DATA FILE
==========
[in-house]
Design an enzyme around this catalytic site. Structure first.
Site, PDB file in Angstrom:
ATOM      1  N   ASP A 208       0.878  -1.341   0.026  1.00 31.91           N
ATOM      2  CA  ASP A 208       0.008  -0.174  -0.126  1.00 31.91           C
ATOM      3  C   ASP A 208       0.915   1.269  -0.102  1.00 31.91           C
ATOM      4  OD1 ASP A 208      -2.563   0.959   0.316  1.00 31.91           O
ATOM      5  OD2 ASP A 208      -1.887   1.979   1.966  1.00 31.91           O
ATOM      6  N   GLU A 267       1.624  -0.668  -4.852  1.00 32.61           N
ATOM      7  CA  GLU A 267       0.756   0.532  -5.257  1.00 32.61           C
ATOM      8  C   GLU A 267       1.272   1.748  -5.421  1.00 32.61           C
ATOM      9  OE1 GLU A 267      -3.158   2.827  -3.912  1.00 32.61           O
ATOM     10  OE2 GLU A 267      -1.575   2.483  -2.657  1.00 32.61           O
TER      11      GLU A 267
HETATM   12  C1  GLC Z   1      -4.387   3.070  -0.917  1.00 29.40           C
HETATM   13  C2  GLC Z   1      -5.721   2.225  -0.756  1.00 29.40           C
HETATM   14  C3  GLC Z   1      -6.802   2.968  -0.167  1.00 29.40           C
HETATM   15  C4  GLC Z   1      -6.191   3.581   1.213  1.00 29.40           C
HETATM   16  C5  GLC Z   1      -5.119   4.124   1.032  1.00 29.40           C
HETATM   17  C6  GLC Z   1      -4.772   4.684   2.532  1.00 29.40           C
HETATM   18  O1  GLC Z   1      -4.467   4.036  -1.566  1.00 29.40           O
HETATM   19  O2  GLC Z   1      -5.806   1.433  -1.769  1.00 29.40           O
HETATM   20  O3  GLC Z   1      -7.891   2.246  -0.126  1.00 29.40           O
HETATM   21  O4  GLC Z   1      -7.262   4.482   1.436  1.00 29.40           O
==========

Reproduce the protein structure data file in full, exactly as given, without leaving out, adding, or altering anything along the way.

[in-house]
Design an enzyme around this catalytic site. Structure first.
Site, PDB file in Angstrom:
ATOM      1  N   ASP A 208       0.878  -1.341   0.026  1.00 31.91           N
ATOM      2  CA  ASP A 208       0.008  -0.174  -0.126  1.00 31.91           C
ATOM      3  C   ASP A 208       0.915   1.269  -0.102  1.00 31.91           C
ATOM      4  OD1 ASP A 208      -2.563   0.959   0.316  1.00 31.91           O
ATOM      5  OD2 ASP A 208      -1.887   1.979   1.966  1.00 31.91           O
ATOM      6  N   GLU A 267       1.624  -0.668  -4.852  1.00 32.61           N
ATOM      7  CA  GLU A 267       0.756   0.532  -5.257  1.00 32.61           C
ATOM      8  C   GLU A 267       1.272   1.748  -5.421  1.00 32.61           C
ATOM      9  OE1 GLU A 267      -3.158   2.827  -3.912  1.00 32.61           O
ATOM     10  OE2 GLU A 267      -1.575   2.483  -2.657  1.00 32.61           O
TER      11      GLU A 267
HETATM   12  C1  GLC Z   1      -4.387   3.070  -0.917  1.00 29.40           C
HETATM   13  C2  GLC Z   1      -5.721   2.225  -0.756  1.00 29.40           C
HETATM   14  C3  GLC Z   1      -6.802   2.968  -0.167  1.00 29.40           C
HETATM   15  C4  GLC Z   1      -6.191   3.581   1.213  1.00 29.40           C
HETATM   16  C5  GLC Z   1      -5.119   4.124   1.032  1.00 29.40           C
HETATM   17  C6  GLC Z   1      -4.772   4.684   2.532  1.00 29.40           C
HETATM   18  O1  GLC Z   1      -4.467   4.036  -1.566  1.00 29.40           O
HETATM   19  O2  GLC Z   1      -5.806   1.433  -1.769  1.00 29.40           O
HETATM   20  O3  GLC Z   1      -7.891   2.246  -0.126  1.00 29.40           O
HETATM   21  O4  GLC Z   1      -7.262   4.482   1.436  1.00 29.40           O